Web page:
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Scientific Reports, Fernando Ramirez Rozzi
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Stones, Bones, and Wrecks
Humans Might Have Practiced Brain Surgery on Cows 5000 Years Ago
Scientific Reports, Fernando Ramirez Rozzi
Scientific Reports, Fernando Ramirez Rozzi

In the 1970s, archaeologists discovered a site in France containing hundreds of cow skeletons dating back 5000 to 5400 years. The sheer number wasn't surprising—human agriculture in that part of the world was booming by 3000 BCE. What perplexed scientists was something uncovered there a few decades later: a cow skull bearing a thoughtfully drilled hole. Now, a team of researchers has released evidence that suggests the hole is an early example of animal brain surgery.

Fernando Ramírez Rozzi, a paleontologist with the French National Center for Scientific Research, and Alain Froment, an anthropologist at the Museum of Mankind in Paris, published their findings in the journal Nature Scientific Reports. After comparing the opening to the holes chiseled into the skulls of humans from the same era, they found the bones bore some striking similarities. They didn't show any signs of fracturing from blunt force trauma; rather, the hole in the cow skull, like those in the human skulls, seemed to have been carved out carefully using a tool made for exactly that purpose. That suggests that the hole is evidence of the earliest known veterinary surgery performed by humans.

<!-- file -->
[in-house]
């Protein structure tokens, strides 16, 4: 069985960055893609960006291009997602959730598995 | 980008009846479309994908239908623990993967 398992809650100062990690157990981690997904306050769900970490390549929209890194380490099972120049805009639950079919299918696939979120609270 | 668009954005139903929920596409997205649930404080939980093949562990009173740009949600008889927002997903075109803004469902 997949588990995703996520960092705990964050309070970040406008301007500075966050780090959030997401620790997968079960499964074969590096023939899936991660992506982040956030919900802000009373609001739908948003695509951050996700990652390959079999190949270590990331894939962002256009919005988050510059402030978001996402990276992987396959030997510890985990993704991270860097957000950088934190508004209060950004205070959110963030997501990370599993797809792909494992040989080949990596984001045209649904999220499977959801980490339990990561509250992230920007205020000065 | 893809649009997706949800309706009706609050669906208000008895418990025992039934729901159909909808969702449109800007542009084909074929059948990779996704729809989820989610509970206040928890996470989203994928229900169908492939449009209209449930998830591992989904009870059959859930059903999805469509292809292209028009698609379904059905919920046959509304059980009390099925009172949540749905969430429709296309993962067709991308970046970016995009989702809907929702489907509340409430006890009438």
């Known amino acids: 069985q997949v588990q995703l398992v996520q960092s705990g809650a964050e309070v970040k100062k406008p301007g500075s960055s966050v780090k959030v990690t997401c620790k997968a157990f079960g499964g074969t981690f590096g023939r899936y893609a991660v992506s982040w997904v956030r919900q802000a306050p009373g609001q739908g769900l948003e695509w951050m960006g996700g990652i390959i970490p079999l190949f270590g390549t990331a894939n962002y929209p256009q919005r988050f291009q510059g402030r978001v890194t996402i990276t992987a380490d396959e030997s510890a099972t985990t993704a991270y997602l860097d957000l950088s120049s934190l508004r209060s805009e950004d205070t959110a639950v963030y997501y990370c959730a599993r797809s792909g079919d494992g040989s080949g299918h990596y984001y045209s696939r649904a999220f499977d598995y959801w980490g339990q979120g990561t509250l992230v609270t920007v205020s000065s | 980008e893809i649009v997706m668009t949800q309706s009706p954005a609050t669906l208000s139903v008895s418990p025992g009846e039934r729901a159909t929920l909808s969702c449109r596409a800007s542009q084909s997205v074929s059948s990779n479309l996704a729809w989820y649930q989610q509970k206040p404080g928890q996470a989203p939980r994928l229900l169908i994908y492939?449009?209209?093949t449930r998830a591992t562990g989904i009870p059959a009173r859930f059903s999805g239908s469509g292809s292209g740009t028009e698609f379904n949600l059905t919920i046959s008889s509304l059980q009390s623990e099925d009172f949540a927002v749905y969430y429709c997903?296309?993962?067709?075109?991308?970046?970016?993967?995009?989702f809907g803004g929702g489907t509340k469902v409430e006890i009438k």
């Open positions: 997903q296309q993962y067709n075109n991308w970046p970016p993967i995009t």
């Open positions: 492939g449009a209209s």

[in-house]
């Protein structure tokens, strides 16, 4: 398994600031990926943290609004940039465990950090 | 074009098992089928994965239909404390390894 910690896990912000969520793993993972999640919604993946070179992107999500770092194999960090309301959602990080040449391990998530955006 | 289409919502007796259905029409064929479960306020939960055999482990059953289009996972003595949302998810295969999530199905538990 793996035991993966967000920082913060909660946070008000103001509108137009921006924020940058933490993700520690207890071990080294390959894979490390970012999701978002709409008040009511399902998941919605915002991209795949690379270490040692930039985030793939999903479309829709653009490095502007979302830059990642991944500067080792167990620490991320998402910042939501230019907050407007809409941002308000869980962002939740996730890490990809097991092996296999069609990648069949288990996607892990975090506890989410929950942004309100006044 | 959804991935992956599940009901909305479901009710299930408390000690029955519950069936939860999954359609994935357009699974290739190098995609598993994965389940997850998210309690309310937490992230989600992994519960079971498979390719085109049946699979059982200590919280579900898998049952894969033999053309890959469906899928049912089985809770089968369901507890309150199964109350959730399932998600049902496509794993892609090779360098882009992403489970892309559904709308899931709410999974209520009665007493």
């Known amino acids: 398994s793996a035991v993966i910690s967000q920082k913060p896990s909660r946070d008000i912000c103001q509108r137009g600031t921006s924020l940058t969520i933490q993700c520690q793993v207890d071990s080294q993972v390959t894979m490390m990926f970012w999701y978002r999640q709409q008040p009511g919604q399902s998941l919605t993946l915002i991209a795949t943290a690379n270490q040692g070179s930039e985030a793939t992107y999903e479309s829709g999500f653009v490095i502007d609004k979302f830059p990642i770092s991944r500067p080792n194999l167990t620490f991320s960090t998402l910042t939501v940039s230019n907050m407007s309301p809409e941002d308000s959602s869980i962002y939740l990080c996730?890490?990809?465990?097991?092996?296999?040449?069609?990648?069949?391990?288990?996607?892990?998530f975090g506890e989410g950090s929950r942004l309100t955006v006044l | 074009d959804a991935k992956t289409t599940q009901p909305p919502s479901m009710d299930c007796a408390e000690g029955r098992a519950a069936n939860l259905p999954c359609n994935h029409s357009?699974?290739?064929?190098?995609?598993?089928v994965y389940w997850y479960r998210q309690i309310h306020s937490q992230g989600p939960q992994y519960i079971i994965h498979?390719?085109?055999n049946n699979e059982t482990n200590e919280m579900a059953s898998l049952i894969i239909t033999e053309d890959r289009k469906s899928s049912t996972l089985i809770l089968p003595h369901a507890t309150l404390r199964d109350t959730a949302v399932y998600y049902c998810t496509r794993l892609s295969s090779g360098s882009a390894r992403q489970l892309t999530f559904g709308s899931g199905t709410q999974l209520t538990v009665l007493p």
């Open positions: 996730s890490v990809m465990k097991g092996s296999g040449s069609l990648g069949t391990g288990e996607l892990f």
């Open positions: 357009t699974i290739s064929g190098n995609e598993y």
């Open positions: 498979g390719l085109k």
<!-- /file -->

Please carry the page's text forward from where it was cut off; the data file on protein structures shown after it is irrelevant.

Trepanation, or the practice of boring holes into human skulls, is one of the oldest forms of surgery. Experts are still unsure why ancient humans did this, but the level of care that went into the procedures suggests that the surgery was likely used to treat sick patients while they were still alive. Why a person would perform this same surgery on a cow, however, is harder to explain.